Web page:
During the summer of 2014, amyotrophic lateral sclerosis (ALS) gained attention via social media thanks to the "ice bucket challenge." The ice bucket challenge took the internet by storm, with more than 17 million people participating and uploading videos to Facebook, according to the ALS Association. Not only did this challenge raise awareness for ALS, but it also helped to generate funds for scientists currently researching the disease.
Although the ice bucket challenge was undoubtedly beneficial to the ALS community, it isn't the only way to help. In fact, nurses are already helping patients with ALS daily.
ALS is a progressive disease that was first discovered in the late 1800s. This disease affects the nerve cells that make up the spinal cord and brain. As it worsens, the motor neurons die, leading to a loss of muscle control. Eventually, patients become paralyzed. Death from this condition occurs approximately three to five years after the onset of symptoms.
Researchers are continuously searching for effective ALS treatments. At this time, however, the progression of the disease cannot be reversed. Treatments focus primarily on helping patients maintain their independence for as long as possible.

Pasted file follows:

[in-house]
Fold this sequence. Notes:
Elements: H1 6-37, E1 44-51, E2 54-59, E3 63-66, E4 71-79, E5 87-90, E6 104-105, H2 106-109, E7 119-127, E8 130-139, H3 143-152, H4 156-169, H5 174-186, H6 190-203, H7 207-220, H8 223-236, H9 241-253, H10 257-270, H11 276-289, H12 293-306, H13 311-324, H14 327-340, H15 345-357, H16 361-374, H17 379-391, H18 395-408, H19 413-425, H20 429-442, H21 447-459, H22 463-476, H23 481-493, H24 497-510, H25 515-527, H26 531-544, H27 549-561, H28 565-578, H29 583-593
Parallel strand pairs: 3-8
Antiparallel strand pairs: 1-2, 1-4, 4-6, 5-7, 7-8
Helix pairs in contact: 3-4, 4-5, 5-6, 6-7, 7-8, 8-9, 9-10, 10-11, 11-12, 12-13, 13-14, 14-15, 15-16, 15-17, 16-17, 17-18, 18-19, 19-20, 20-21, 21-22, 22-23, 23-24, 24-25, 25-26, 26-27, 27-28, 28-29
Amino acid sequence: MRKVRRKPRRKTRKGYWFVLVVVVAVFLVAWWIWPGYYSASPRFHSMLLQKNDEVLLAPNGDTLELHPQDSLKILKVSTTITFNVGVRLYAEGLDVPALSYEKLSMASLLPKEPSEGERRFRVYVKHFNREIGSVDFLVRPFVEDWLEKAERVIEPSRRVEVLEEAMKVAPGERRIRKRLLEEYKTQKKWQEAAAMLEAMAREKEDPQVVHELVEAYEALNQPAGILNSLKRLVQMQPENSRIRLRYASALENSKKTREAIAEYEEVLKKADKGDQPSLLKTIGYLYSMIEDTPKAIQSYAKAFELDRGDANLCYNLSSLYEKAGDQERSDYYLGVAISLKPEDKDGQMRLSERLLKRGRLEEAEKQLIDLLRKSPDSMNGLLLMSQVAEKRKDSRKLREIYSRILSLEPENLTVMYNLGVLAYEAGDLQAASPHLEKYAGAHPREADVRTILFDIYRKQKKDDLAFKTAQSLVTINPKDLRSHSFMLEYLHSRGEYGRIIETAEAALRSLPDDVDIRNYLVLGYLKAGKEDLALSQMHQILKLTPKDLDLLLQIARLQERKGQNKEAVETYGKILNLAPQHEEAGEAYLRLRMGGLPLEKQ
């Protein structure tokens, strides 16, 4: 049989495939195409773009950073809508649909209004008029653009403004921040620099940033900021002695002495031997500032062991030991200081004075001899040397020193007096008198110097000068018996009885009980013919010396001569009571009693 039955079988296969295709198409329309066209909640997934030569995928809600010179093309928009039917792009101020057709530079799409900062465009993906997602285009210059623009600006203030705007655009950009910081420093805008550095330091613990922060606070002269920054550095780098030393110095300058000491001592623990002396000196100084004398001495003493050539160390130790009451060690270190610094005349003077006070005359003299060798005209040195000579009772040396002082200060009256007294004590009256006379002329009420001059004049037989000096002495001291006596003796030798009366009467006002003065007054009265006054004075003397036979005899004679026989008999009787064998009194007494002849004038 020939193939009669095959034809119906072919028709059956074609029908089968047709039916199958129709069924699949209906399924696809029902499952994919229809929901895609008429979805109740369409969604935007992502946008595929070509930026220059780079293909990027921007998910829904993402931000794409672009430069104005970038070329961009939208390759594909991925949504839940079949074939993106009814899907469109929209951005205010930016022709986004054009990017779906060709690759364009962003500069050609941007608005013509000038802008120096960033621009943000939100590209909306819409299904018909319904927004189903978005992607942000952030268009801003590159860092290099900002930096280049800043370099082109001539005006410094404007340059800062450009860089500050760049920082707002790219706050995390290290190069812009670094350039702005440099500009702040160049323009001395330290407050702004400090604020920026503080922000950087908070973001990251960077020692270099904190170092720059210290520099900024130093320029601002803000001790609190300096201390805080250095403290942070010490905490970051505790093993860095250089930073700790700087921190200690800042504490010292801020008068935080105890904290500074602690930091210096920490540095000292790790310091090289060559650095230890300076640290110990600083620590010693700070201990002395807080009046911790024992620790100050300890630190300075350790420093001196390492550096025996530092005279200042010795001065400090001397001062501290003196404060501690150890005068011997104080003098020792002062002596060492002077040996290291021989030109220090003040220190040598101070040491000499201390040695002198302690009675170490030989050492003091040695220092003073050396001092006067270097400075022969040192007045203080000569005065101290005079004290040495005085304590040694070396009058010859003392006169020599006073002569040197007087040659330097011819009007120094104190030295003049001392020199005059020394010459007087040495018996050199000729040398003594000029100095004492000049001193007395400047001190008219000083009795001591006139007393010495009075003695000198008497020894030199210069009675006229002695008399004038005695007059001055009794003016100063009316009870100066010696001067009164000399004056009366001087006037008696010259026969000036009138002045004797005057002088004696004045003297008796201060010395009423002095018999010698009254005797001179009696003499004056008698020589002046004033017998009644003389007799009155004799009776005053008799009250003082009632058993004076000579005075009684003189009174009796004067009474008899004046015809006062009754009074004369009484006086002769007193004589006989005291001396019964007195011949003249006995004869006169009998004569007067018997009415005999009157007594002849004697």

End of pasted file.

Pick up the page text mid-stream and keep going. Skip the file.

How Nurses Help
Nurses play an important role in the care of individuals with ALS. Some ways nurses are helping these patients and their families include:
Providing care to patients - Patients with ALS require intensive care as they battle their disease. Treatment protocols may include nutritional support, speech therapy, occupational therapy, physical therapy, breathing care and more. Nurses are actively involved in administering and/or overseeing all of these therapies.
Providing support to patients - Dealing with a diagnosis of ALS is difficult for patients. Nurses provide emotional support as patients seek to understand their diagnosis and live with their condition.
Providing support to family members - Watching a family member battle ALS can be traumatic. Nurses support the families of ALS patients, helping them cope with their loved one's illness and learn to act as an effective caregiver when appropriate.
Helping patients maintain their independence - Nurses provide treatments and therapies to patients in order to help them maintain their independence for as long as possible, even in the face of this devastating illness.
Looking for new ways to help ALS patients - Nurses are on the forefront of the search for more effective therapies for ALS.
Scientists may find a cure for ALS in the future. For now, however, nurses are doing what they can to help these patients enjoy their lives as much as possible.